Find out what the European Health Insurance Card (EHIC) does and doesn't cover, where you can get one, and why it can be invaluable to carry as well as travel insurance.
The EHIC is a must-have for UK residents travelling in Europe as it covers you for emergency health care in that region.
The card - which replaced the old E111 in 2006 - entitles the bearer to treatment for free or at a reduced cost in all European Economic Area (EEA) countries including Switzerland.
The EEA includes all 27 members of the European Union (EU) plus Iceland, Norway and Liechtenstein.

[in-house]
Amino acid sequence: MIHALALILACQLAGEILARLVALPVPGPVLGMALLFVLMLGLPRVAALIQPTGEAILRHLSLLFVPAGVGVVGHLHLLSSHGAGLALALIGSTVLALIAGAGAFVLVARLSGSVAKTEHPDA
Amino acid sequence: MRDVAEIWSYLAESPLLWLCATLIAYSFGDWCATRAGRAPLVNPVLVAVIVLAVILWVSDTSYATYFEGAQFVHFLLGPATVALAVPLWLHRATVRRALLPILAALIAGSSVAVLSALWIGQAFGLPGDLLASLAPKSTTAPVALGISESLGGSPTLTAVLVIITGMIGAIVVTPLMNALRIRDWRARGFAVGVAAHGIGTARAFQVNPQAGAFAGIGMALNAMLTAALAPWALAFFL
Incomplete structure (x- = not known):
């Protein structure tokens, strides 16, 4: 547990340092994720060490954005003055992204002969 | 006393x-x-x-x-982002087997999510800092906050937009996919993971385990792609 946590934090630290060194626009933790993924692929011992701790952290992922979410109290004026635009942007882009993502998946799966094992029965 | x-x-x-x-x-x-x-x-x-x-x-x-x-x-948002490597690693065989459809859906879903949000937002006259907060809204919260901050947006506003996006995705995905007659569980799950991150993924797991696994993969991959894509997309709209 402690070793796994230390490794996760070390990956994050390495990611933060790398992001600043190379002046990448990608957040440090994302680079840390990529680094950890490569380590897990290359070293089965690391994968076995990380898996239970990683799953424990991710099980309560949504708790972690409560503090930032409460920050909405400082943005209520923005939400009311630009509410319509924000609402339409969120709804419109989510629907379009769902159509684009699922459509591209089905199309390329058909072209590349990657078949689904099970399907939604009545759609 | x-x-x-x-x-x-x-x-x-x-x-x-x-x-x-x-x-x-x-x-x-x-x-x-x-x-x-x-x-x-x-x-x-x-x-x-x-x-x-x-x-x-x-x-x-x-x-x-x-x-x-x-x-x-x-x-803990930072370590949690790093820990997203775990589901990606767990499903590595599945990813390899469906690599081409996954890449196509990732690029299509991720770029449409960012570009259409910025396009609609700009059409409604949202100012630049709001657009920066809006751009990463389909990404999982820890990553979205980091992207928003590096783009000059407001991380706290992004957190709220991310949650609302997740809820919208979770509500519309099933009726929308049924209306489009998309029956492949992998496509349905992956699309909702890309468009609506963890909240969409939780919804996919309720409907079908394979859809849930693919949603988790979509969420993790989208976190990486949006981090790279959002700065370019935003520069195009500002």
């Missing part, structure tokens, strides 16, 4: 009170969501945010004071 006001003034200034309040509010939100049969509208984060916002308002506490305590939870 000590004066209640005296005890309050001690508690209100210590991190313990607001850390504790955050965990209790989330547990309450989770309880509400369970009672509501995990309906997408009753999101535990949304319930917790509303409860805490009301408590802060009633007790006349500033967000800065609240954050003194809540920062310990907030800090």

The EHIC is not accepted in Turkey as the country is not a member of the EU or the EEA.
Most UK residents are eligible for an EHIC, but residents of the Channel Islands and the Isle of Man are not.
Parents and guardians can apply for those aged under 16, and each member of a travel party must have their own EHIC.
Travellers aged over 16 can apply for an EHIC for free on the NHS website.†
Some websites will try to charge to manage your EHIC application, but the process is quite straightforward and there should be no need to pay for a card.
The NHS has also created a handy EHIC app† which includes a guide on how to use the card, emergency telephone numbers, covered treatments and costs, and details of how to claim a reimbursement.
It's likely to take a week or two for an application to be processed and a card posted to you, so get yourself organised in good time before travelling.
A card will be valid for five years, then you will have to apply for a renewal - again this is likely to take one-to-two weeks to process.